In 1933 the deepest year of the depression, Keynes published The Means to Prosperity, which contained specific policy recommendations for tackling unemployment in a global recession, chiefly counter cyclical public spending. The Means to Prosperity contains one of the first mentions of the “multiplier effect”. While it was addressed chiefly to the British Government, it also contained advice for other nations affected by the global recession. A copy was sent to the newly elected President Roosevelt and other world leaders.
Keynes' best-known work, The General Theory of Employment, Interest and Money, was published in 1936, and became a benchmark for future economic thought. It also secured his position as Britain's most influential economist. Ever since, governments have routinely run deficits during downturns to avoid economic stagnation. But when you have a case like South Africa where there are more people receiving some kind of direct government assistance than the number of people in the work force, you have to wonder when the time will come to throw away the crutch because the leg has healed?
I have written a lot about Inequality and the widening wealth gap. South Africa’s guru on Poverty is Sampie Terreblanche. He is an academic, a researcher, and his book Lost in Transformation was a landmark. Everyone now is talking about what to do, and Roelf Meyer recently called for an “economic CODESA” to try to negotiate a new Social Contract between rich and poor. New parties are forming on the Left like the Economic Freedom Fighters. And the Democratic Alliance, seen by many as a white party on the right of centre has just adopted “poverty, unemployment and inequality” as its new mantra and elected a black youth as its national leader.
So I was eager to read the cover story in this week’s issue of The Economist, and it did not disappoint… The great distortion (a dangerous flaw at the heart of the world economy) TAX-FREE DEBT.
Now I am not an economist, nor do I have a high IQ like John Maynard Keynes. I have barely grasped the article on first reading. But it is incisive. It calls tax-free debt “a senseless subsidy” and does a great problem analysis and some solutions. For example:
“Tax breaks for debt come in two principal forms. Interest rates on mortgages are tax-deductible for personal tax purposes… And across the world, firms can deduct interest payments to debt-holders from their taxable earnings.”
“Today, tax-breaks for debt are embedded in all economies and viewed as the natural order of things.”
“So what would happen if these subsidies were removed? It would be a revolutionary step because the breaks are embedded in the way firms and home-buyers behave. That suggests it would cause some short-term disruption. But the longer-term pay-off could be immense”
“Reforming the bias in the tax system is not the stuff of public campaigns. A vast web of contracts has been woven around a fiscal technicality, guarded by huge vested interests.”
“But the moment for change may never be better. Interest rates are low, profits are high, and house prices stable.”Basically to use debt as an instrument, you have to have some leverage and that means it helps the rich more than the poor. As Muhamed Yunus once put it (founder of Grameen poverty lending): “Banks ask: Are the people credit-worthy? We ask: are the banks people-worthy?” Ahem.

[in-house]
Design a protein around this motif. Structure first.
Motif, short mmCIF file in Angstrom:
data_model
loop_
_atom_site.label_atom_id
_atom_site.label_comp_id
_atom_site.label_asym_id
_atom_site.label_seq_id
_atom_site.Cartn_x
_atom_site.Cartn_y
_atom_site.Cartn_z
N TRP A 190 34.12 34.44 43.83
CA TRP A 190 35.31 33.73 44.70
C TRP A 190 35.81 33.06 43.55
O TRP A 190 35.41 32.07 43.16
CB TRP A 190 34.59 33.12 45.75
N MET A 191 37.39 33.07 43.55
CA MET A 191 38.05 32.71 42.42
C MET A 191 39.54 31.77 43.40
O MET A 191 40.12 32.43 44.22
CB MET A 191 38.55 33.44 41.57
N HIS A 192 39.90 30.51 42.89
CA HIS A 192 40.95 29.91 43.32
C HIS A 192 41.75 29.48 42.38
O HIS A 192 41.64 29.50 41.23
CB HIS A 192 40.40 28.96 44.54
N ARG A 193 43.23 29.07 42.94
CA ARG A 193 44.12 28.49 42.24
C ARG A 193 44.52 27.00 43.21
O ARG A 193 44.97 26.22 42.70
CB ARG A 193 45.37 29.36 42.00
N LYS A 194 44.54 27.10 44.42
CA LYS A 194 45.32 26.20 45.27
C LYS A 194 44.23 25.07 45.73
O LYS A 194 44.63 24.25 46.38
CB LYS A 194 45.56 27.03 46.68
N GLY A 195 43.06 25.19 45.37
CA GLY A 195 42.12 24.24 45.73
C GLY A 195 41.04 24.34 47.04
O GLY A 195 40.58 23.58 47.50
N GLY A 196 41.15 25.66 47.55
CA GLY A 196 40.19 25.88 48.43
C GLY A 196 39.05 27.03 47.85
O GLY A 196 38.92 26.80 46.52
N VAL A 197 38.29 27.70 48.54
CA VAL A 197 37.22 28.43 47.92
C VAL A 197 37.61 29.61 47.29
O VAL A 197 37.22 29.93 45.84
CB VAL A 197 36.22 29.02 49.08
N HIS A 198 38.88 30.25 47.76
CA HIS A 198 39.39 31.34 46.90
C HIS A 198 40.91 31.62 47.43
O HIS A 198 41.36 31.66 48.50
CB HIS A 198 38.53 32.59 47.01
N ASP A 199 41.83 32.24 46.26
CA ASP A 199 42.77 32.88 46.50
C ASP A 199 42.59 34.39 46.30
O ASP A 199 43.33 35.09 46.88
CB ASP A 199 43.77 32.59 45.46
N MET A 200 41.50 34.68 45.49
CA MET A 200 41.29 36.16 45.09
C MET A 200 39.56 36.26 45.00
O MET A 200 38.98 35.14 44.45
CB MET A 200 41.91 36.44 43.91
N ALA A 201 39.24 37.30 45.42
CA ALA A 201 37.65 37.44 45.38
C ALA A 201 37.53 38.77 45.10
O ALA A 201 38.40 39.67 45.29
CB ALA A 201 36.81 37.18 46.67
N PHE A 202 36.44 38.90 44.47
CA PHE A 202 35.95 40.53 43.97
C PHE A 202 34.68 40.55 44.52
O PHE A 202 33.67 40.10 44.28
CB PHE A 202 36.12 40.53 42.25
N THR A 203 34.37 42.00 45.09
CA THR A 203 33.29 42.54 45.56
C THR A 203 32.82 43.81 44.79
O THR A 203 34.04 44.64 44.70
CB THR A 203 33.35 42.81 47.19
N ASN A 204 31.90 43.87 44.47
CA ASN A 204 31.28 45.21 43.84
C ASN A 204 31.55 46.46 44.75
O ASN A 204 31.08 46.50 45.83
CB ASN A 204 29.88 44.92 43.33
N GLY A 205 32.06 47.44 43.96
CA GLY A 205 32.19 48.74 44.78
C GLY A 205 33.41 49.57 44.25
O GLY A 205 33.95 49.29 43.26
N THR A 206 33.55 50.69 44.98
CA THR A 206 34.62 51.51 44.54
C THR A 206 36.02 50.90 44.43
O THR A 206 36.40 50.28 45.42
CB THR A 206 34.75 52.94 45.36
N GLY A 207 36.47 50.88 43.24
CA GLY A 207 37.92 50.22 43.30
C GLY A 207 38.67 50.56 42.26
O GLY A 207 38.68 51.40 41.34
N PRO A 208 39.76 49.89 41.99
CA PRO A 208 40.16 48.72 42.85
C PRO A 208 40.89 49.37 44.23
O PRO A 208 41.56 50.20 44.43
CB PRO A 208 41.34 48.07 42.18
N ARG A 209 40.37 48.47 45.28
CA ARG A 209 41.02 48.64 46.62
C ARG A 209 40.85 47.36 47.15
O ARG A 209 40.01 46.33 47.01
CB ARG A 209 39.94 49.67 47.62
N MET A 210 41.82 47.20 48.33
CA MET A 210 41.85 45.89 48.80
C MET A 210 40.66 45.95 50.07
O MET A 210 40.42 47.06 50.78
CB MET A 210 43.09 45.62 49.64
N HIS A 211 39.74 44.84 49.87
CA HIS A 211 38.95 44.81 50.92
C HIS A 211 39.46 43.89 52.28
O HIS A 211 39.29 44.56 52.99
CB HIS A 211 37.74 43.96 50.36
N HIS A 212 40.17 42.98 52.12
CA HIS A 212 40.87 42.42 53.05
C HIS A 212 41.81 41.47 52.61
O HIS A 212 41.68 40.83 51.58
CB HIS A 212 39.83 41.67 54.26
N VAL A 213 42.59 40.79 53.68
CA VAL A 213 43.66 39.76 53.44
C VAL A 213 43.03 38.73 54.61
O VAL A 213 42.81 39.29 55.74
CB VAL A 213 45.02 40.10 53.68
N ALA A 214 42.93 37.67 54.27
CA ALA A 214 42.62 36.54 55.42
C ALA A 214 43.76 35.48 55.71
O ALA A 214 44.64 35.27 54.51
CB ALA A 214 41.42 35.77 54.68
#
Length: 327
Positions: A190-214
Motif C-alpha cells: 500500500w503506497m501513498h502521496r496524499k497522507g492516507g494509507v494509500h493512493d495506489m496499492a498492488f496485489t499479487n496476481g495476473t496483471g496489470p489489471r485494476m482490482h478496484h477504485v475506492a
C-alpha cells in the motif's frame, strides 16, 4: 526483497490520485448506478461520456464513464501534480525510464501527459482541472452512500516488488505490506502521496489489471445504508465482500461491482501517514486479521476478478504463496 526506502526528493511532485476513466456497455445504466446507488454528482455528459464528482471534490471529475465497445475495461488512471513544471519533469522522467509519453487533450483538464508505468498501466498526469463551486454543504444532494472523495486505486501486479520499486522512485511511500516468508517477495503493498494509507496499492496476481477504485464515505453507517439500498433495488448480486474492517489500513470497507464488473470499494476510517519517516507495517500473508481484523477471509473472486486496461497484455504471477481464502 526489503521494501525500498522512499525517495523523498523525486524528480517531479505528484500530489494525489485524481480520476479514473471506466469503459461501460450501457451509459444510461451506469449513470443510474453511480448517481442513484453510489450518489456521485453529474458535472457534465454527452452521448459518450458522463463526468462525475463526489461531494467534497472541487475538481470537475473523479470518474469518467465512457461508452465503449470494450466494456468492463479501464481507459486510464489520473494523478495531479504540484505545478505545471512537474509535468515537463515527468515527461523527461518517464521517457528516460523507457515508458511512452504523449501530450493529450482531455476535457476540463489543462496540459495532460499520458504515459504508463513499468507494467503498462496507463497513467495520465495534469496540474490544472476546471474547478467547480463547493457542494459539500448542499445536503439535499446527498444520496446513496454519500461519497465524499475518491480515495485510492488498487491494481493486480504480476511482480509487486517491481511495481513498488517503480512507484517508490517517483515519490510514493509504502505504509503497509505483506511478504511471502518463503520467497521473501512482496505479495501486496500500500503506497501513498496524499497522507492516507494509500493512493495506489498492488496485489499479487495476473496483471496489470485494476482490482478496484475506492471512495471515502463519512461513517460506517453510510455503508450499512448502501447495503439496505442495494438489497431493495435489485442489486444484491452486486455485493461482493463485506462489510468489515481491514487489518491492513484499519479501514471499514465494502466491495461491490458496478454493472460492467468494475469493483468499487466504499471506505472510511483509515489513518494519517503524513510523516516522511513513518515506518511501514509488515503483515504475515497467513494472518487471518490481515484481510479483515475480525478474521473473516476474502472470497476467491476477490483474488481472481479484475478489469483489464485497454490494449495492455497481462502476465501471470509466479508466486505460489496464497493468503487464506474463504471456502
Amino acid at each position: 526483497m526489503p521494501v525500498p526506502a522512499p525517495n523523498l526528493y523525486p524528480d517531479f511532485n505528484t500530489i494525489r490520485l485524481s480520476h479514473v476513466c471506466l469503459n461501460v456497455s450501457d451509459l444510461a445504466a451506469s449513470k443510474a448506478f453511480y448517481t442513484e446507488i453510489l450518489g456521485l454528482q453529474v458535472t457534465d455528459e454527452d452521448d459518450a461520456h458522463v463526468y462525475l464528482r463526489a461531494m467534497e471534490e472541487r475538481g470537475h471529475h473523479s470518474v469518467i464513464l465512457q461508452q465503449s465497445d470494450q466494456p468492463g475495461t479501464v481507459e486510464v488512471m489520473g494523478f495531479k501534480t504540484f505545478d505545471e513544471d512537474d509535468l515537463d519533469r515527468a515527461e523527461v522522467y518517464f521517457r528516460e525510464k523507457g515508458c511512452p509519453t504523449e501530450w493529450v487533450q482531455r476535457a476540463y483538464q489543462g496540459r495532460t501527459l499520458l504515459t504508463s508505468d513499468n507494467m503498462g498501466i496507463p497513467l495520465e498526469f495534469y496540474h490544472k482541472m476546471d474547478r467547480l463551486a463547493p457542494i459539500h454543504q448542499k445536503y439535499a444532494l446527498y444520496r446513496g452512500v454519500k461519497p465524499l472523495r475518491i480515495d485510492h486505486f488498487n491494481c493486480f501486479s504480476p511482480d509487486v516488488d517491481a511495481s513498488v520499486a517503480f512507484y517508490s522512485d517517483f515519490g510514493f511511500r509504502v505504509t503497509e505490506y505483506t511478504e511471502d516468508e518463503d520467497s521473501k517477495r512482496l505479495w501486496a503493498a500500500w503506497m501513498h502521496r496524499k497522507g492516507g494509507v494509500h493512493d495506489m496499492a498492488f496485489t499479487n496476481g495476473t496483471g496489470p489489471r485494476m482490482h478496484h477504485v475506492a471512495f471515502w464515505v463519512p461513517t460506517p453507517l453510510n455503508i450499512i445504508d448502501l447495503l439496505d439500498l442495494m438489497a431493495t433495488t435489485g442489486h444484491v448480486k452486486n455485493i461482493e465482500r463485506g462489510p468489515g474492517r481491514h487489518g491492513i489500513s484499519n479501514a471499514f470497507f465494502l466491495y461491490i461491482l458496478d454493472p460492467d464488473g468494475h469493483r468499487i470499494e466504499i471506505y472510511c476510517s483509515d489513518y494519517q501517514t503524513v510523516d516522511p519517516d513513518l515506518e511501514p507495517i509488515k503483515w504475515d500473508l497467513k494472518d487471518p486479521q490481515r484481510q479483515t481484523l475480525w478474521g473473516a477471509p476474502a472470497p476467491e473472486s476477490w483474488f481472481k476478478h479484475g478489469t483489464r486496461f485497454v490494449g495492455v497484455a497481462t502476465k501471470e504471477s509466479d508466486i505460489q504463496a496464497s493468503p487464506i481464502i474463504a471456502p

In the Nazareth Manifesto (Luke 4), Jesus read from the prophet of a time when the blind would see, the lame would walk, and “the acceptable year of our Lord” would come. He was referring to the year of Jubilee, every 50 years. Now every 7 years you had to leave the fields fallow, just like every 7 days you had to stop working and rest. But every 7 x 7 years (= 49) you had to take a year (#50) to level the playing field. By forgiving debts, setting slaves fee, and so forth. Call it Reform. He was calling for that like The Economist is calling for it. Reforming this distortion could have a very positive effect on closing the wealth gap that is only getting wider.
I have a dream. I dream of the affluent in South Africa and also overseas making “social investments”. Not donations, but investing surplus savings into reliable funds. If you won’t need those surpluses for a period, let’s say 3 years, then the fund manager calculates how much can be skimmed off, leaving enough to grow back to par over that period, in the fund. So that your money can be returned to you. In other words, biblically, you give the “increase”, but you keep your own capital.
The funds skimmed off are deposited into a Social Equity Investment scheme in South Africa – to enable youth who are trained and economically active. (Not those who are idly sitting around waiting for Kenyesian assistance.) Our problem at C4L is that we can tap funds from government for training, but when the youth finish their entrepreneurship and technical training, they have no funds for tools and start-up. They need a hand-up, not a hand out. They should not borrow. They should not beg. They should attract investment, along the lines outlined in the May 16 – 22 issue of The Economist. Where ever possible, entrepreneurs always need mentors too. And when they succeed, the fund will grow not from loan interest, but from economic growth.
In the past I have often said that I am not blaming the rich when I lament about Inequality and the needs of the poor. To my way of thinking, BOTH rich and poor are caught in a system that is mal-functioning. This article in The Economist is an excellent example. Reform is needed, because debt gives an advantage to the rich, and disadvantages the poor. Equity investment is better for all the reasons outlined. So if you have prospered for 50 years, then commit yourself to “the acceptable year of our Lord” and help level the playing field.